Two generations ago, the USofA found itself in something like a Baroque Era. There was unprecedented wealth distributed widely through manufacturing jobs, and many families found they could opt for “stay at home mothers” for the first time. In this world of chrome and fins, one thing was clear: outside of the ongoing scare from the Russkies, America was on top of the world.
One of the great features of this world was an incredible amount of cultural cohesiveness. There were two teevee networks, for those that could go out and by a tiny set, and most radio stations played a form of Top 40 music. Naturally, this didn’t include everyone since black artists were confined to the “R&B” category while their songs were ripped off by Elvis for the regular Top 40. The black and white of the media was very white in the end, and the scenes we can still see are stunning in their conformity and dorkiness.
Back then, every major newspaper had a column on books. Authors would regularly be invited on talk shows to share their opinion of the world as raconteurs, professional wits and wise men (since they were nearly exclusively men). If they were a little more racy they might take a spin on the Tonight Show with Jack Parr just to show their more feisty side. Other artists would appear alongside them, sharing their vision of the world to an eager audience.
One generation ago, something happened. It was often called “counter culture” to depict a world that didn’t conform to the dorky mainstream. It wasn’t exclusively white, but it was surprisingly uniform in its own way. The reaction to monolithically baroque America was monolithically folk.
When the two collided it was something like matter and anti-matter. The resulting supernova gave off a lot of heat but little light. We moved to many cable networks and then to the internet for our teevee, and music became so fragmented that there is a distinction between “college rock” and “alternative rock” (that I don’t understand). This, along with an increasing number of people born in foreign lands, gave rise to the idea of multiculturalism – that many cultures exist at that same time.
That brings us to today. Authors are invited on talk shows to plug their books, not share their views of the world; only the New York Times still has a reliably snooty column on books . Musicians struggle for any airplay at all, black or white, that isn’t sanctioned by a large radio conglomerate. Other artists are largely invisible unless they are successful in getting someone to demand they be censored. The media has become so completely fragmented and competitive that it finds more reward dividing its audience than creating a cultural cohesiveness between arcane segments.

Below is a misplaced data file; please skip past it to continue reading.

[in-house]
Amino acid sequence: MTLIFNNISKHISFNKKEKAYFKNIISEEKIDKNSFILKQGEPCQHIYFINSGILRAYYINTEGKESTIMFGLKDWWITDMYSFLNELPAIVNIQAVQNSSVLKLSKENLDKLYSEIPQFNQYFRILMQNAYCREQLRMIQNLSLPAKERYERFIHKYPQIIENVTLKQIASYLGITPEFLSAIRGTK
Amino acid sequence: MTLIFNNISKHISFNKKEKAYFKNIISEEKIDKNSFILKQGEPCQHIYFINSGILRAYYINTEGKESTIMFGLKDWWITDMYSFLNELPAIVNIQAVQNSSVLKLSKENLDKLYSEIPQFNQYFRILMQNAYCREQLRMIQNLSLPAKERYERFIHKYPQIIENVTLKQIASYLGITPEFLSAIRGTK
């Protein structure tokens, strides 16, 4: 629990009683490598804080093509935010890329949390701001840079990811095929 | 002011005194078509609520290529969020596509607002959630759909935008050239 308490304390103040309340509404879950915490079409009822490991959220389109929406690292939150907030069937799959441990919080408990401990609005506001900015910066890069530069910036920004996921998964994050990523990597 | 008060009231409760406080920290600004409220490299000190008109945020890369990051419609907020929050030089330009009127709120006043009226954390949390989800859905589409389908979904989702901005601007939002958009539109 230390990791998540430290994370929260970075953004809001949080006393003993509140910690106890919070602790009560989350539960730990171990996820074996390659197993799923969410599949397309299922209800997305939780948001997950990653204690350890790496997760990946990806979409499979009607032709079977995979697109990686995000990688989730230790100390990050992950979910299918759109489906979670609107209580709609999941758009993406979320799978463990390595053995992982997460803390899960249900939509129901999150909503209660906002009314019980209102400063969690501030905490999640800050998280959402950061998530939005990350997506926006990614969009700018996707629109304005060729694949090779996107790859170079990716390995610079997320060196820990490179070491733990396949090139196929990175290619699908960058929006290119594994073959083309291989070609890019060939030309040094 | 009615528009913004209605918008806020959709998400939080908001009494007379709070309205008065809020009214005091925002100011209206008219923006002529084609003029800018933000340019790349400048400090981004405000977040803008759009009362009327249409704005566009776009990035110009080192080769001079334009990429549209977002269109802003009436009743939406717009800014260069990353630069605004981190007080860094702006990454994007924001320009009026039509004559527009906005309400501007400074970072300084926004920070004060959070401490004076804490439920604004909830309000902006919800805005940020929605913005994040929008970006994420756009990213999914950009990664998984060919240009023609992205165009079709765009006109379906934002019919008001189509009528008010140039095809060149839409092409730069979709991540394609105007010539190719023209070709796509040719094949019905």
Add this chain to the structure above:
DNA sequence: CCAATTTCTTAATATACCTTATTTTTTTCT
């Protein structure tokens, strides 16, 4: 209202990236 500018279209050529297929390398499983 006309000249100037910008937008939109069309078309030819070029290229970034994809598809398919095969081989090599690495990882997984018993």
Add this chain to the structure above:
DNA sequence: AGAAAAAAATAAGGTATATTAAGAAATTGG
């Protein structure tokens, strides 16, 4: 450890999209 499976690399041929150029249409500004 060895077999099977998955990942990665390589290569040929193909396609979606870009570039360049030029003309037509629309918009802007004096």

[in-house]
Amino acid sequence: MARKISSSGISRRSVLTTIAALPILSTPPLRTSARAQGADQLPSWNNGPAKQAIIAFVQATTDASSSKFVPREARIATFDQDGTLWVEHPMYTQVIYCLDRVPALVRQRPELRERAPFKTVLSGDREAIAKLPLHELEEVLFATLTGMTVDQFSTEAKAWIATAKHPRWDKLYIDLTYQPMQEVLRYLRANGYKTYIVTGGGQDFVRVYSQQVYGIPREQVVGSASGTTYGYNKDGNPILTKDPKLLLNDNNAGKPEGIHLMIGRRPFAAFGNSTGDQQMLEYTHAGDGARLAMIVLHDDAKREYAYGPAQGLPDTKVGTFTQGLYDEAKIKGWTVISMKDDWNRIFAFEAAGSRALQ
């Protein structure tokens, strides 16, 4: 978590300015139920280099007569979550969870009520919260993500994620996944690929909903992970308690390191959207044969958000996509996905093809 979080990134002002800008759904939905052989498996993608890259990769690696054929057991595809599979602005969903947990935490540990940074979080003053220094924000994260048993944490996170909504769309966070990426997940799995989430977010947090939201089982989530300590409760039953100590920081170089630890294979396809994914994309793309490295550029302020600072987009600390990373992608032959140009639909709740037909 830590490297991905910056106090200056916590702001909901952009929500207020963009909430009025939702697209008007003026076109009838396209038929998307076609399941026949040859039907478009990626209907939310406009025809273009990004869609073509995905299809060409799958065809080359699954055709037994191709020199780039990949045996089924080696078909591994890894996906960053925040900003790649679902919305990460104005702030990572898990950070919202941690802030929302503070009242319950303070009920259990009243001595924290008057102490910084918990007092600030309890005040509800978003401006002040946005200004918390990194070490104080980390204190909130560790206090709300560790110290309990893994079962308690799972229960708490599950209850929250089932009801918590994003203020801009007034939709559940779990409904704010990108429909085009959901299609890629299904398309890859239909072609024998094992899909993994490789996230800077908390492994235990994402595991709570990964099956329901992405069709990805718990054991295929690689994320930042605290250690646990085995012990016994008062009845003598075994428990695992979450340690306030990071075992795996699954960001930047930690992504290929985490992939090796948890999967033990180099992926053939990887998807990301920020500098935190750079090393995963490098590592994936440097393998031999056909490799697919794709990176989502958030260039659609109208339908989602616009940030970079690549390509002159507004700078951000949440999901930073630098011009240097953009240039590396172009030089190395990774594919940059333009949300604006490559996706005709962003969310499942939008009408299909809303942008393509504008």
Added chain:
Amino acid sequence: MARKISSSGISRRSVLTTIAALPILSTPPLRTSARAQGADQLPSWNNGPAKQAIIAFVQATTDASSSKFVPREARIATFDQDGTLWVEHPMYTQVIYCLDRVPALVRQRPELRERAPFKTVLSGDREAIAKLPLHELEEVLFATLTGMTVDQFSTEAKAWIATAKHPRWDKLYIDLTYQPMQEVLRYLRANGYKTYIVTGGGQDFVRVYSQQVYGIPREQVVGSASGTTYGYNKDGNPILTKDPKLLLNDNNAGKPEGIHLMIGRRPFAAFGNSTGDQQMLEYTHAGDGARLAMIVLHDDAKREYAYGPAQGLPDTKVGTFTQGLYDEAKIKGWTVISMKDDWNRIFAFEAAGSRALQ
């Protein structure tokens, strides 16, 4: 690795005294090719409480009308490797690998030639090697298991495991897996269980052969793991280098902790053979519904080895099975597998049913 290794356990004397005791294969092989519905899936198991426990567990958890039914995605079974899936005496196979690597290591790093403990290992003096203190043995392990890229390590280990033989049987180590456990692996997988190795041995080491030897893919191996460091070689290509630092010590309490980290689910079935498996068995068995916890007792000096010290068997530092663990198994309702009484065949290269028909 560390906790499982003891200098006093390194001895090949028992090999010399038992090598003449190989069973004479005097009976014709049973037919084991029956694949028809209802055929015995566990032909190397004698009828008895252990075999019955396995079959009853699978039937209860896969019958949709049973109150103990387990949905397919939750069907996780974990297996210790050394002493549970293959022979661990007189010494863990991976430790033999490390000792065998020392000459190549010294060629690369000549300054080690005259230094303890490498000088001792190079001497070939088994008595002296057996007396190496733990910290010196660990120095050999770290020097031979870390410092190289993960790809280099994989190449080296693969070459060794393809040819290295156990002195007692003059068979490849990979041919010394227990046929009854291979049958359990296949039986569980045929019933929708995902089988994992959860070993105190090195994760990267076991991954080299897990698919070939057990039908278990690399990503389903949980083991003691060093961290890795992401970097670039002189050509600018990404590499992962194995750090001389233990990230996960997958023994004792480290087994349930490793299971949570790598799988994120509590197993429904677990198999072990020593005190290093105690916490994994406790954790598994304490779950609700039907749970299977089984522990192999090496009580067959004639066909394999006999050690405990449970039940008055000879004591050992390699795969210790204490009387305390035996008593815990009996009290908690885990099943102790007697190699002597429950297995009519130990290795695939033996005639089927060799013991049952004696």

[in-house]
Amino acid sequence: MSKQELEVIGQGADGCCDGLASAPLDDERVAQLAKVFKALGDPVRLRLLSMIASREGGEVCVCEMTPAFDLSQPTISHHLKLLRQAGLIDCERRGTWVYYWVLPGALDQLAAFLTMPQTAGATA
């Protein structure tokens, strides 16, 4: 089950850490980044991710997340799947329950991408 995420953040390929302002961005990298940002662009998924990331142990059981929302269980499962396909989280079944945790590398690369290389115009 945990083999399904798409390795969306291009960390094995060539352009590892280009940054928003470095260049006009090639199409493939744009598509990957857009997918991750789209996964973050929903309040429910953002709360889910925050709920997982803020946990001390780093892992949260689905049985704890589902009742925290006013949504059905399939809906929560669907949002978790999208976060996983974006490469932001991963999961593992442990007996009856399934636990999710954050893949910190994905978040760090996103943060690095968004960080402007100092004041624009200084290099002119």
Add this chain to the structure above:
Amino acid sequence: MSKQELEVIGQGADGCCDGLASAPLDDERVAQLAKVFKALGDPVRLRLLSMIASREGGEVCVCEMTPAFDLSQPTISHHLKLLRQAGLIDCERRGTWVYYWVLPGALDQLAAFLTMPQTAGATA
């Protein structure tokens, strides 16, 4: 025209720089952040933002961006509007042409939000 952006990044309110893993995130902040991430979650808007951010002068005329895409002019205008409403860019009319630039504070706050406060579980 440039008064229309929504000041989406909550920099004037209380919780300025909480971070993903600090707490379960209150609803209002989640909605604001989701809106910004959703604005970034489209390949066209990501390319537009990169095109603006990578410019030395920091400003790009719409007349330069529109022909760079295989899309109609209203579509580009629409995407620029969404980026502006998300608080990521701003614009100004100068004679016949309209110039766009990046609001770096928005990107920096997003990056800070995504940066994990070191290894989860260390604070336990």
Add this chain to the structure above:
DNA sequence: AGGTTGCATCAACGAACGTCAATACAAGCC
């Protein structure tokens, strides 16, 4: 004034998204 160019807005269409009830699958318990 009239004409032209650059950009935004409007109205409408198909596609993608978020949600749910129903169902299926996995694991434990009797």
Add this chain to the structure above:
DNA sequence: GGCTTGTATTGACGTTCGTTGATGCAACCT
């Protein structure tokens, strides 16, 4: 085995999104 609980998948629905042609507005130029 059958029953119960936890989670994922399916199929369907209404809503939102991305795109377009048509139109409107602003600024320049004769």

This may not seem important, but it is critically important for our nation. The reality of cultural fragmentation is at the heart of most of the disputes, political and social, that define who we are today.
There are two major responses to the lack of a common culture. On the right, critics deride multiculturalism and insist that we are still a nation that has a common culture that looks an awful lot like the black and white teevee shows from two generations ago. On the left, proponents of a vanilla view of multiculturalism tell us that we have to be accepting and open to new experiences.
Both of these common views are hopelessly naïve. We can’t go back anymore than we are willing to watch a 4” wide teevee screen. But multiculturalism requires a lot of effort if we are to remain a democratic society, given that understanding our neighbors is the bedrock of organizing and forming a coherent community. The right is correct that we have be able to at least understand each other, and the left is correct that multiculturalism is the reality of the day. But how do we make that work?
An American culture that is monolithic is not going to be the answer. But a kind of cultural understanding that fills in the spaces between people and cultures is absolutely essential. The various experiences that we all have can be placed into a context by the arts if they are only given a chance. That will have to be outside of our existing media, of course, but it has to happen.
How we might make this happen is what I’ll write about next, and I hope you will join in with your opinion in the comments. Thanks.